Block variance validation

Generally speaking, grade interpolation can be validated by VMS (visual assessment, mean assessment, swath plot validation) and block variance validation. These methods are easily understood and applied, except for the block variance validation.

When applying kriging to grade interpolation, the theoretical block variance adjustment ratio (f) and the actual block variance adjustment ratio (f*) can differ by a large measure that is not reflected in the VMS methods. Block variance validation is important for a kriging interpolation, but is not relevant to a non-kriging interpolation, so, the question is how to apply it?

One way is to examine which interpolation is most robust. As we know, the block variance is a measure of how far a set of numbers is spread out. It is one of several descriptors of a probability distribution, describing how far the numbers lie from the mean. Usually, different parameters produce almost identical global mean grades, but obviously different variances. This difference can produce different tonnage-grade curves. All the curves show the same level of confidence at the minimum reporting cut-off, but different levels of confidence at increasing cut-offs. Using a kriging method, the most robust choice is the one with the minimum difference between f and f*, which indicates that the estimated result follows well with the operator’s expectation. For a non-kriging method, the f cannot be calculated, so the confidence levels of f* and tonnage-grade curve cannot be assessed.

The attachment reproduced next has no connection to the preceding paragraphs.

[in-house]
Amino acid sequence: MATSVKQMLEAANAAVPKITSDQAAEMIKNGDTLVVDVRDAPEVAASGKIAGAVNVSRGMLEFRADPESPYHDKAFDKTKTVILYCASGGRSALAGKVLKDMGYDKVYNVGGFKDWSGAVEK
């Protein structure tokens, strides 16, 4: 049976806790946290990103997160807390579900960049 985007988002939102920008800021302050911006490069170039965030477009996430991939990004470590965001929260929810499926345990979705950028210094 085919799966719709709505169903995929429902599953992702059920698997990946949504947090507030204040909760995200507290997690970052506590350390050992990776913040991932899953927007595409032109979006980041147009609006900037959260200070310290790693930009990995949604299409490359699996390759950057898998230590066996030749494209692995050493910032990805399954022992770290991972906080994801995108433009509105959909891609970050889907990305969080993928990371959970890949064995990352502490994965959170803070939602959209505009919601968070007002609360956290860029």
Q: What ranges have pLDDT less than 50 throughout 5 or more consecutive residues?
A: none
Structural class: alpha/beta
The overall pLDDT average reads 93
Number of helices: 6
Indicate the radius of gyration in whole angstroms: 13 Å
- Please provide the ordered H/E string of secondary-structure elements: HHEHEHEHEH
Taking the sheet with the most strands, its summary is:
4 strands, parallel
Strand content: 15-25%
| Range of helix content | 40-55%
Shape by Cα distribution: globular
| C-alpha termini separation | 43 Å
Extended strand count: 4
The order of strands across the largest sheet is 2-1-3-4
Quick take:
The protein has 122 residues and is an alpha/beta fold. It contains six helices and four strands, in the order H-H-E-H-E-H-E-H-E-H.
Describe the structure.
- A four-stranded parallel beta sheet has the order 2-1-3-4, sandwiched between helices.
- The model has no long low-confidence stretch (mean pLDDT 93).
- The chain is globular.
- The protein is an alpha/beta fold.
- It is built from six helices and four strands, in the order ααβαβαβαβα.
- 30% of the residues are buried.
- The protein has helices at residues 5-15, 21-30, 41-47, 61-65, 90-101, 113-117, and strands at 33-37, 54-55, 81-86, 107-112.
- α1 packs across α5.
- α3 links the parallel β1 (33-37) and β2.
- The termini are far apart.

Another application is to find outliers in a borehole dataset. During grade interpolation, the smoothing effect happens inevitably as the support enlarges. The term support at the sampling stage refers to the characteristics of the sampling unit, such as the size, shape and orientation of the sample. At the modelling stage, the term support refers to the volume of the blocks. As support increases, the data is gradually distributed more symmetrically, and the spread of the data is reduced, as the variance shrinks. The only parameter that is not affected is the mean; it should stay the same regardless of support changes. Theoretically, the distribution presented by the sample data should vary more than that presented by the blocks. But in actual practice, the block variance is occasionally larger than the samples variance when all the reasonable interpolating methods and parameters are considered. Therefore, it is preferable to remove outliers that still exist in the borehole dataset before re-estimating the resources.

Finally, we can answer the question of how to apply block variance validation:

  1. Use it to decide which result is the most robust among kriging interpolations
  2. Ignore it in non-kriging interpolations
  3. Use it to mark the presence of outliers in the borehole dataset

Yonggang Wu:


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